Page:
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Under Trumpcare, Poor Women With PPD Are Screwed

Sofia* is a 32-year-old mother who started treatment for postpartum depression two months ago. “I started having symptoms when I was pregnant,” Sofia told Romper. “I felt very sad, but sometimes very angry too.”

She was particularly angry at her husband, because she already had two kids, and she didn’t want a third. “I could not stand him at times,” Sofia said. “I still have a lot of anger toward him.”

Sofia is unemployed, and both she and her husband are undocumented immigrants, which means her health care options are limited at best. She is enrolled in her state Women, Infants, and Children (WIC) program, which provides government-funded support for low-income mothers. When someone from the WIC program noticed that Sofia was struggling, they referred her to Emilia Ortega-Jara, a Southern California psychotherapist who started treating Sofia for PPD.

Ortega-Jara specializes in mental health services for Latinx families. She offers maternal mental health services at a reduced rate for low-income women and women without insurance. She’s also bilingual, which makes her services especially valuable in California, where an estimated 13.7 percent of the population speaks only Spanish. She is the only Spanish-speaking provider in her area. “I feel it’s my responsibility to provide my services to the community," she told Romper.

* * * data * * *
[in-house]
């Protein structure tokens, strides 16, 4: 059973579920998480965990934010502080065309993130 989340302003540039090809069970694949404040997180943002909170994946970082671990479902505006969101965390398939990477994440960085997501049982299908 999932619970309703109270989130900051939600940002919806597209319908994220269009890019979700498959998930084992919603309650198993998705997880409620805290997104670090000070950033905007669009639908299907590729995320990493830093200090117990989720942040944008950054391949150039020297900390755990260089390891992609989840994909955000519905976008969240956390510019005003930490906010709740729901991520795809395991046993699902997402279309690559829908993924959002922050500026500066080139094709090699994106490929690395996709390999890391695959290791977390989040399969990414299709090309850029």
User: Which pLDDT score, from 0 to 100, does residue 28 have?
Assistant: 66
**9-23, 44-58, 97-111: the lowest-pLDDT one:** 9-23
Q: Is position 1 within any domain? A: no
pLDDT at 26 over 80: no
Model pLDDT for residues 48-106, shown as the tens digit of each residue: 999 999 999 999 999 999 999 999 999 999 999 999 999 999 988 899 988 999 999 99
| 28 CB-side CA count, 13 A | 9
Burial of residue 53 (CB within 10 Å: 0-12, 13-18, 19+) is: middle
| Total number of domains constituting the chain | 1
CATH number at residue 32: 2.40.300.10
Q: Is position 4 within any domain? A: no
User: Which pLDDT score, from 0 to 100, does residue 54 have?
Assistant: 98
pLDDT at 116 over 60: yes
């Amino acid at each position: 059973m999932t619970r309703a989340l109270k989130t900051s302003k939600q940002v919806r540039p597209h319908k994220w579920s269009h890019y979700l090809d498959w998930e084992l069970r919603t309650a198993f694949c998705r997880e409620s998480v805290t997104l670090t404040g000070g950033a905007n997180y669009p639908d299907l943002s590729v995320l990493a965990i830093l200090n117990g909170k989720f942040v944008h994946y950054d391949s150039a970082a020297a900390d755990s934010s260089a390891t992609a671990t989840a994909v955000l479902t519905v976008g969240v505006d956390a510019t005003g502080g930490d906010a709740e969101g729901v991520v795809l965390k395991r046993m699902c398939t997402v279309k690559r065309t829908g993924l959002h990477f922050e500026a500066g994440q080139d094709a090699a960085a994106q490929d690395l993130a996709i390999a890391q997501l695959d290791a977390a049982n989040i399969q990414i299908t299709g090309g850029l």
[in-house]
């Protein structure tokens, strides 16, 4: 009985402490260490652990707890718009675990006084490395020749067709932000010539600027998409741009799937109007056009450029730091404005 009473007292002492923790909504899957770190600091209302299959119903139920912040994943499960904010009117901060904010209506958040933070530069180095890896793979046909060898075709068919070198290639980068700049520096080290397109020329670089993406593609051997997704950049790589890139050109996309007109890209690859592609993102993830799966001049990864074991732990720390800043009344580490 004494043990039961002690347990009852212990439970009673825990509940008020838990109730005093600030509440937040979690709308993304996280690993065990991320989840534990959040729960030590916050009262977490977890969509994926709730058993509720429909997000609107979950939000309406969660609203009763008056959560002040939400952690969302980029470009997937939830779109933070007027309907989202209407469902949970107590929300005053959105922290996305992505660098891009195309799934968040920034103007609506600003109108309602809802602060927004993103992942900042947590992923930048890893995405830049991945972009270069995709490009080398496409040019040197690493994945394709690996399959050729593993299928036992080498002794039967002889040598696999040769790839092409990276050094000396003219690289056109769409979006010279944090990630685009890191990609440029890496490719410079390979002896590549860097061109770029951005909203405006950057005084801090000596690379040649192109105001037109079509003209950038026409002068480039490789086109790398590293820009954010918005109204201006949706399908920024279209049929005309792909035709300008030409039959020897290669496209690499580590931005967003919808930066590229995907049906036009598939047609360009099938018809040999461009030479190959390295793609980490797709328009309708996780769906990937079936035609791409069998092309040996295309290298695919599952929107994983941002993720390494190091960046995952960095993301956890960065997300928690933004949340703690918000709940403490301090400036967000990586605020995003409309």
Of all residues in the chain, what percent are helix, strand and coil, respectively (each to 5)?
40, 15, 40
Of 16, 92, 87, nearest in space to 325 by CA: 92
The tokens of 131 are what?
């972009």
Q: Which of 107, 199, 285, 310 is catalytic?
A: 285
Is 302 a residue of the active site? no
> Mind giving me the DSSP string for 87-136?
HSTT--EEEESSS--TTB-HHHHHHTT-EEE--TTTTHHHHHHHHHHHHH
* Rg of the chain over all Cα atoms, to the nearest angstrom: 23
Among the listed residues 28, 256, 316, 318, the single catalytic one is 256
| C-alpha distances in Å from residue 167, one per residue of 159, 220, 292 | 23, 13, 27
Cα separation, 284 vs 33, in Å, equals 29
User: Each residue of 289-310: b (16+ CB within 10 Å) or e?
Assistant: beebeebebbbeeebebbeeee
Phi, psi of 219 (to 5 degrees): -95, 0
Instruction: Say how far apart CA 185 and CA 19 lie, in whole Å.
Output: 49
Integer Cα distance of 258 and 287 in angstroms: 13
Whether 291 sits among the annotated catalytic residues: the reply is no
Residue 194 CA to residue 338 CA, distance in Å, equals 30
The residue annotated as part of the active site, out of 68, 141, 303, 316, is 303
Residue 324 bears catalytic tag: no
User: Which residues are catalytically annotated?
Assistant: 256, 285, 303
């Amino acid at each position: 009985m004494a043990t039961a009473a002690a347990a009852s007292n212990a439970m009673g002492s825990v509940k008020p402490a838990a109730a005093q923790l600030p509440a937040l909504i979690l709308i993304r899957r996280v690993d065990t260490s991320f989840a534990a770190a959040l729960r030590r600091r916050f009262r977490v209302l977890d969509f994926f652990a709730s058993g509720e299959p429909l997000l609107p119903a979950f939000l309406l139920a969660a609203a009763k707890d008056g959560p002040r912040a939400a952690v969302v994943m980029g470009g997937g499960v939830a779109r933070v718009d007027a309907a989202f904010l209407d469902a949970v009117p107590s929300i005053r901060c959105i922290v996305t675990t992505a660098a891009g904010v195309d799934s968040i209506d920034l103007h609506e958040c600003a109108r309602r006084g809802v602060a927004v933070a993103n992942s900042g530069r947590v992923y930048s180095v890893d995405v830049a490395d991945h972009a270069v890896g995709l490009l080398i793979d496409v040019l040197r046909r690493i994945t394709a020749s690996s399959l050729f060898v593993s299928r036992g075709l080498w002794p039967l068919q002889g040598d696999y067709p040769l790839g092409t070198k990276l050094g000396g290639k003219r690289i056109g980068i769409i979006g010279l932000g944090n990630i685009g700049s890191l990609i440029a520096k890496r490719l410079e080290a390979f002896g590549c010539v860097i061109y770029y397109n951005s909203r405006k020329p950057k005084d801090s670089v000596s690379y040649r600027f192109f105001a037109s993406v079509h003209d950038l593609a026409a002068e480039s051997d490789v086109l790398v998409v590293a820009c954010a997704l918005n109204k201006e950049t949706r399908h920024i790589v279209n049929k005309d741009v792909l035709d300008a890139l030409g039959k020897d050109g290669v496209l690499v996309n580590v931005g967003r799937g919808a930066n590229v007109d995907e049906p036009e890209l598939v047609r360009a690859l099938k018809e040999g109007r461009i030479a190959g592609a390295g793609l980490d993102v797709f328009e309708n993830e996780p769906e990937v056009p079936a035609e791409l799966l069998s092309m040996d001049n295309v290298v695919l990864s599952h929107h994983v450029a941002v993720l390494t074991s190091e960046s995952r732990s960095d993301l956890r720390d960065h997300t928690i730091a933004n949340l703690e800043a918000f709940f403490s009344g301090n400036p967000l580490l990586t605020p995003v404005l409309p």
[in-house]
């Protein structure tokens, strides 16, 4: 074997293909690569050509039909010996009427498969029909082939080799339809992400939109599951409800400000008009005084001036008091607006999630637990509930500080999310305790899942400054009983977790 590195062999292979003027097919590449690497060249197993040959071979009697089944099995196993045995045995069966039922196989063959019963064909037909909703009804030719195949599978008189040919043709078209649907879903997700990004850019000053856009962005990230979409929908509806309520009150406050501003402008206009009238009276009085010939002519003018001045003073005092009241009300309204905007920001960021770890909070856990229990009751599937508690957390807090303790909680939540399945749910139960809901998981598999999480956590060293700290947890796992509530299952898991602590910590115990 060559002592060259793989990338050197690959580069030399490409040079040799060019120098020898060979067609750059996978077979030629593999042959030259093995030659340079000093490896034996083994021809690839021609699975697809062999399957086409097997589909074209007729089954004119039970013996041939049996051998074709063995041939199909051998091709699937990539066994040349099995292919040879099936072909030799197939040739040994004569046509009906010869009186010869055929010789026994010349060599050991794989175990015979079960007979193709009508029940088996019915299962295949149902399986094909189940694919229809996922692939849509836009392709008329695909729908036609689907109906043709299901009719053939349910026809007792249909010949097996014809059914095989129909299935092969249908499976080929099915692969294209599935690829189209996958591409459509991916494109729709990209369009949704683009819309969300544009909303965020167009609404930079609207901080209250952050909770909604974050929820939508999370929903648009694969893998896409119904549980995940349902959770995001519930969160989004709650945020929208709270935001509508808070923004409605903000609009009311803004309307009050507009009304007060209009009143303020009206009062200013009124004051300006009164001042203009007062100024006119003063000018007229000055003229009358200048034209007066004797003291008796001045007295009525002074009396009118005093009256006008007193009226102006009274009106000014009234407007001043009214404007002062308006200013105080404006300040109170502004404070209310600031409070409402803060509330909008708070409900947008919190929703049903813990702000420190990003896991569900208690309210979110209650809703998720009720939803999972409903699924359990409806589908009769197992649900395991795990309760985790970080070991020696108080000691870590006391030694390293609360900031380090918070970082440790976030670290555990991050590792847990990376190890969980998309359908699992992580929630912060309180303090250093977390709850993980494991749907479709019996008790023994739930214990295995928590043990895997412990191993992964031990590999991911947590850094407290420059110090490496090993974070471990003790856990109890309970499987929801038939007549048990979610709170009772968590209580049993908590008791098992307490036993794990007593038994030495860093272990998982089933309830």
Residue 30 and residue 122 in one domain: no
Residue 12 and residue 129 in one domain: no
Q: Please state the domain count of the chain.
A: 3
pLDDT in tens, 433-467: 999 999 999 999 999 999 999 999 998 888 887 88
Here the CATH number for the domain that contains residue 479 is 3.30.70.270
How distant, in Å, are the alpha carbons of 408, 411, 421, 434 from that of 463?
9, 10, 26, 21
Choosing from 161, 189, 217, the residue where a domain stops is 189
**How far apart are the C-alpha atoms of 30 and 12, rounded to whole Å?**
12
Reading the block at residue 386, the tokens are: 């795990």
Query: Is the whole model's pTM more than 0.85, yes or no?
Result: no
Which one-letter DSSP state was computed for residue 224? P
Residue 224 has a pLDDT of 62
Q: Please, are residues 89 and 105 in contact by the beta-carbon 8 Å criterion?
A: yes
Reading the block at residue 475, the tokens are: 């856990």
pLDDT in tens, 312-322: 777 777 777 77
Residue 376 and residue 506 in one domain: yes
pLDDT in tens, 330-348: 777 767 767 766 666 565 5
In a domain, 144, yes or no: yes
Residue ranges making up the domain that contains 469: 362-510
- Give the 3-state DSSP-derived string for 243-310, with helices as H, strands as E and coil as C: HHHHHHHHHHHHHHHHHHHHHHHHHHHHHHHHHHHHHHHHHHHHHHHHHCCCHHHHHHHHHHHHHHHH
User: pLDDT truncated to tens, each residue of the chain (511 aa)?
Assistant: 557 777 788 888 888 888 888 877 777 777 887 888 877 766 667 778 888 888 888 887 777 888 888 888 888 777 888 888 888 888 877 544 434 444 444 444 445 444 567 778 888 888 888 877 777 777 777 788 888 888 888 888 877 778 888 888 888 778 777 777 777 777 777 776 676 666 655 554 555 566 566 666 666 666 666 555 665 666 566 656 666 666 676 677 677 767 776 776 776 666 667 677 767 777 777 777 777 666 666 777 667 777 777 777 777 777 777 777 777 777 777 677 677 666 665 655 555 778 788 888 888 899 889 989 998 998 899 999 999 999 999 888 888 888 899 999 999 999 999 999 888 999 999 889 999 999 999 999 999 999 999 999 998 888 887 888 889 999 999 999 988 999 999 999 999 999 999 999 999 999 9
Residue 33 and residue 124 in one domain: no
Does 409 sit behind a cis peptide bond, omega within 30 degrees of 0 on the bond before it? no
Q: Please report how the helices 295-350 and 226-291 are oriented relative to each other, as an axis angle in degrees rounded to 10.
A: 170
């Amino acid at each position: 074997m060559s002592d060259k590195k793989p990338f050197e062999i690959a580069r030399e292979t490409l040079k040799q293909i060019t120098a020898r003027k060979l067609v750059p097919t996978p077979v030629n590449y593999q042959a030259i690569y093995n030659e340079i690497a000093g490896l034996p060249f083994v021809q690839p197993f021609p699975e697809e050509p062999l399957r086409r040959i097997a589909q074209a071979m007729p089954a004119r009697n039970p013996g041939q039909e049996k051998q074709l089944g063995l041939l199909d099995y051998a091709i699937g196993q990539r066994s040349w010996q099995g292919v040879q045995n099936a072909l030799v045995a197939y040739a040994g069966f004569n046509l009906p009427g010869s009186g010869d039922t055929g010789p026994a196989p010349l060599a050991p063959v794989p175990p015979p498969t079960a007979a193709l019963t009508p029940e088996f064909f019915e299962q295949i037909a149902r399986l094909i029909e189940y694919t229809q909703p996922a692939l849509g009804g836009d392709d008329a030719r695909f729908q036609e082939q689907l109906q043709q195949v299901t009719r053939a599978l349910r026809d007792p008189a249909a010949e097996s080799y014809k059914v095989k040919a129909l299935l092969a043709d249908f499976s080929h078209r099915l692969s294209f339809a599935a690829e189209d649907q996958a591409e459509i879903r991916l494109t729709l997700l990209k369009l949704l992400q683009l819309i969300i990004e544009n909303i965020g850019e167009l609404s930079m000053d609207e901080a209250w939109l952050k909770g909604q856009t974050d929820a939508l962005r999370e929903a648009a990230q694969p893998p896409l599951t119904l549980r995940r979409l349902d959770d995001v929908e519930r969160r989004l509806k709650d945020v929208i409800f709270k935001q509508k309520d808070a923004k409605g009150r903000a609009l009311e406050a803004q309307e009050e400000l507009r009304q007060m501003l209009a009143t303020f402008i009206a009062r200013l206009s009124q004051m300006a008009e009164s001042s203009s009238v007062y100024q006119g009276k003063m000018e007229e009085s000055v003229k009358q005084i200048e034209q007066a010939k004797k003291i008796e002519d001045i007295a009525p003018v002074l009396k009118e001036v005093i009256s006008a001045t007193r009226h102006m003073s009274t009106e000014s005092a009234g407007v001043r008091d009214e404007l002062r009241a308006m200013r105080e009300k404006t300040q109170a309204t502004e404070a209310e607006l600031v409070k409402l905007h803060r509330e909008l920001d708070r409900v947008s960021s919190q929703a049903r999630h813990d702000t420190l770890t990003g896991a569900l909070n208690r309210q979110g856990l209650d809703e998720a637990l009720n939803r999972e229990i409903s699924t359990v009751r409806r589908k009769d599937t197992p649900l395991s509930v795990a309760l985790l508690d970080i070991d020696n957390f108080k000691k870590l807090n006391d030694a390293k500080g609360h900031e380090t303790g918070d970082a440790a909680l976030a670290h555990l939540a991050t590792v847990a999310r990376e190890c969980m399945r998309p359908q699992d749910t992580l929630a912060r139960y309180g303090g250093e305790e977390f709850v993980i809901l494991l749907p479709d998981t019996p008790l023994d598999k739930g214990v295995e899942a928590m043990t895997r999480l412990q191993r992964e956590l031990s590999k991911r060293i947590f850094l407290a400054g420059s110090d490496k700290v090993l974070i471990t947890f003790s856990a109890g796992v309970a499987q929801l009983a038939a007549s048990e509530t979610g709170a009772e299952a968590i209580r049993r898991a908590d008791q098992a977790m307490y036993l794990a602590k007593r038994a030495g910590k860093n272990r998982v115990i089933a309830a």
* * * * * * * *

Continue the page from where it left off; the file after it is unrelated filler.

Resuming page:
But now that House Republicans have passed the American Health Care Act (AHCA), the controversial bill that intends to repeal and replace Obamacare, Ortega-Jara is concerned that her services are in jeopardy. She's particularly concerned about AHCA's MacArthur Amendment, which would allow states to opt out of an Obamacare provision banning insurance companies from discriminating against people with pre-existing conditions. While there's no official list of what these conditions might entail as yet, there is widespread concern that insurers could dramatically raise premiums or refuse to cover low-income women like Sofia who struggle with postpartum depression.

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According to the American Psychological Association, PPD affects up to 1 in 7 women who have just had children. Thanks in part to celebrities like Chrissy Teigen and Hayden Panettiere, who have spoken candidly about their struggles with PPD, there is an increasingly open and public dialogue about the condition.

Yet despite this heightened sense of awareness around PPD and other postpartum mental health issues, women like Sofia may not realize that they have PPD because they lack the resources or ability to receive a diagnosis, let alone treatment. This is particularly alarming in light of recent studies' findings that PPD rates are twice as high among low-income minority women.

“It can be very difficult to find psychiatric care without money or insurance,” Wendy N. Davis, executive director of Postpartum Support International (PSI) and a psychotherapist in Portland, Oregon, told Romper.